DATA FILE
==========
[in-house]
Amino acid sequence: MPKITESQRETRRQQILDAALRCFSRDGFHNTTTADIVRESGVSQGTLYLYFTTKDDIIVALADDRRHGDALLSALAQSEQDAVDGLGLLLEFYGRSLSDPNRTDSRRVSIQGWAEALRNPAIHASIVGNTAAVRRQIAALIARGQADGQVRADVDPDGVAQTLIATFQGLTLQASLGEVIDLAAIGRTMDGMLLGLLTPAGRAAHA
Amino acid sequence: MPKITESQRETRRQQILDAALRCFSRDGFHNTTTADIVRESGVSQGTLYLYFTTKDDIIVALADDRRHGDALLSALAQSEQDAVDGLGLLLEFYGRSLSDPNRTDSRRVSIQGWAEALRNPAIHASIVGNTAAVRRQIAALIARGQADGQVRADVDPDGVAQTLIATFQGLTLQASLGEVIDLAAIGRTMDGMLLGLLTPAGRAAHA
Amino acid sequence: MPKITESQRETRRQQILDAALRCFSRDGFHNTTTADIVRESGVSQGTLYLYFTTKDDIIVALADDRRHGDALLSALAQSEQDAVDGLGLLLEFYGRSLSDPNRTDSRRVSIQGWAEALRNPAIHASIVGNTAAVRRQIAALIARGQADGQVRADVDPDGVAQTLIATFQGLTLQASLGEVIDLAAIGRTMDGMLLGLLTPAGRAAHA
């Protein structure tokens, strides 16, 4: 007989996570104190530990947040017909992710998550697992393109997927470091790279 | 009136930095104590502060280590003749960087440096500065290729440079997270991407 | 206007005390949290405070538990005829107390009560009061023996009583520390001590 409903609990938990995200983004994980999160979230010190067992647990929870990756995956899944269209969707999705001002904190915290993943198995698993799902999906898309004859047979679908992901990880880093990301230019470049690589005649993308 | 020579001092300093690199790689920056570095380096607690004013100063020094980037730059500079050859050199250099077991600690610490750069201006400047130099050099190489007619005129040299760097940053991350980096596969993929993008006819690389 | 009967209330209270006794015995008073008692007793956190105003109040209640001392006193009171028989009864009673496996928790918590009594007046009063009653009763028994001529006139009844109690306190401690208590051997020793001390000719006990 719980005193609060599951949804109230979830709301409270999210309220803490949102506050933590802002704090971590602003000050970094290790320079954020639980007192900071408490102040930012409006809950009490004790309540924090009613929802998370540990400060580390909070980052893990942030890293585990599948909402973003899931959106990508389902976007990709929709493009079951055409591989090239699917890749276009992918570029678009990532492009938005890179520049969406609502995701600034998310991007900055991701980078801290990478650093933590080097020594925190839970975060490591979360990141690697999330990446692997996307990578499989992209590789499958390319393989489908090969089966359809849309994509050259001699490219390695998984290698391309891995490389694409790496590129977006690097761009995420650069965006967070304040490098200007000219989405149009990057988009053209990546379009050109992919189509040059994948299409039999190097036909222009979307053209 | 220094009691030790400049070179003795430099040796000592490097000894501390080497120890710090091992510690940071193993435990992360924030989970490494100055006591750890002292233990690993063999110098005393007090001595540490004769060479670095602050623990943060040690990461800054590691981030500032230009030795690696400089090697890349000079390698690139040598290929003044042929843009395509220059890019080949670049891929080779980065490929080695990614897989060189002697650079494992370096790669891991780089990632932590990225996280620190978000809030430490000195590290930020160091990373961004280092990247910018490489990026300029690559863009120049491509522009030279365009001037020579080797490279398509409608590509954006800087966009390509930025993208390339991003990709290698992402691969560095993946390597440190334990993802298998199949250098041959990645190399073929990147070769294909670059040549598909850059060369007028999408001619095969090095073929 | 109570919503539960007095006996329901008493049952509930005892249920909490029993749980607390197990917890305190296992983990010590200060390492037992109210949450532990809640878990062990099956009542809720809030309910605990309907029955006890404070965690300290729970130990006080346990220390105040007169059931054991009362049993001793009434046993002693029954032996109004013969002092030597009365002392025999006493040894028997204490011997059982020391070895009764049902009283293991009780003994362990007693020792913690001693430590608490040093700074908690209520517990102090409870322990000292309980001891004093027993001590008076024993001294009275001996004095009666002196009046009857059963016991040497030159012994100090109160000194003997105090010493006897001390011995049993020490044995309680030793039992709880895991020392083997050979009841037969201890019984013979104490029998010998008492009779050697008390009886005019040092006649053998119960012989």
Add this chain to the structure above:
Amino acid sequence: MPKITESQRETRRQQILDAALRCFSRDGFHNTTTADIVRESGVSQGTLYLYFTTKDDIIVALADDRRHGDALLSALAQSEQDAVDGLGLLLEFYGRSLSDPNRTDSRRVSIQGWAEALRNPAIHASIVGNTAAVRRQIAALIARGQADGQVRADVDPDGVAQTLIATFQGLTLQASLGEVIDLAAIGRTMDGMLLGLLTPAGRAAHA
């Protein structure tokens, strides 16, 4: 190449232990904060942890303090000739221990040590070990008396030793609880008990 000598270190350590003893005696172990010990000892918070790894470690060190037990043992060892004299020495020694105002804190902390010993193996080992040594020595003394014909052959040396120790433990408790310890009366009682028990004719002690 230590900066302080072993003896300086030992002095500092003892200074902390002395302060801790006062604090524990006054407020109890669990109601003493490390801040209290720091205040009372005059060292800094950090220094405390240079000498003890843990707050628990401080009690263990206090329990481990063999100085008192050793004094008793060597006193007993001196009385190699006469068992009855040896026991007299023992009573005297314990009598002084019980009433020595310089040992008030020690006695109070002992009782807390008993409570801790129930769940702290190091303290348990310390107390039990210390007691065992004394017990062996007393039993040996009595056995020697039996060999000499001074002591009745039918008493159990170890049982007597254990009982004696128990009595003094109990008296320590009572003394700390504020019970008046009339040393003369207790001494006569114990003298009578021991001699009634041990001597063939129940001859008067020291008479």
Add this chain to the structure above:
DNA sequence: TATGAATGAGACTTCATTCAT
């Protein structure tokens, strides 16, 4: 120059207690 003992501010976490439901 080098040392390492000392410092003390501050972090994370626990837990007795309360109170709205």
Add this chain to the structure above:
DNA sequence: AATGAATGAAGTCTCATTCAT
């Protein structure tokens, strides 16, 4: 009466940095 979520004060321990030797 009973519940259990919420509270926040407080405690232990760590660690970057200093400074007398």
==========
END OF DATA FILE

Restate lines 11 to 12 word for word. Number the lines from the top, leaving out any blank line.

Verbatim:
């Protein structure tokens, strides 16, 4: 120059207690 003992501010976490439901 080098040392390492000392410092003390501050972090994370626990837990007795309360109170709205």
Add this chain to the structure above: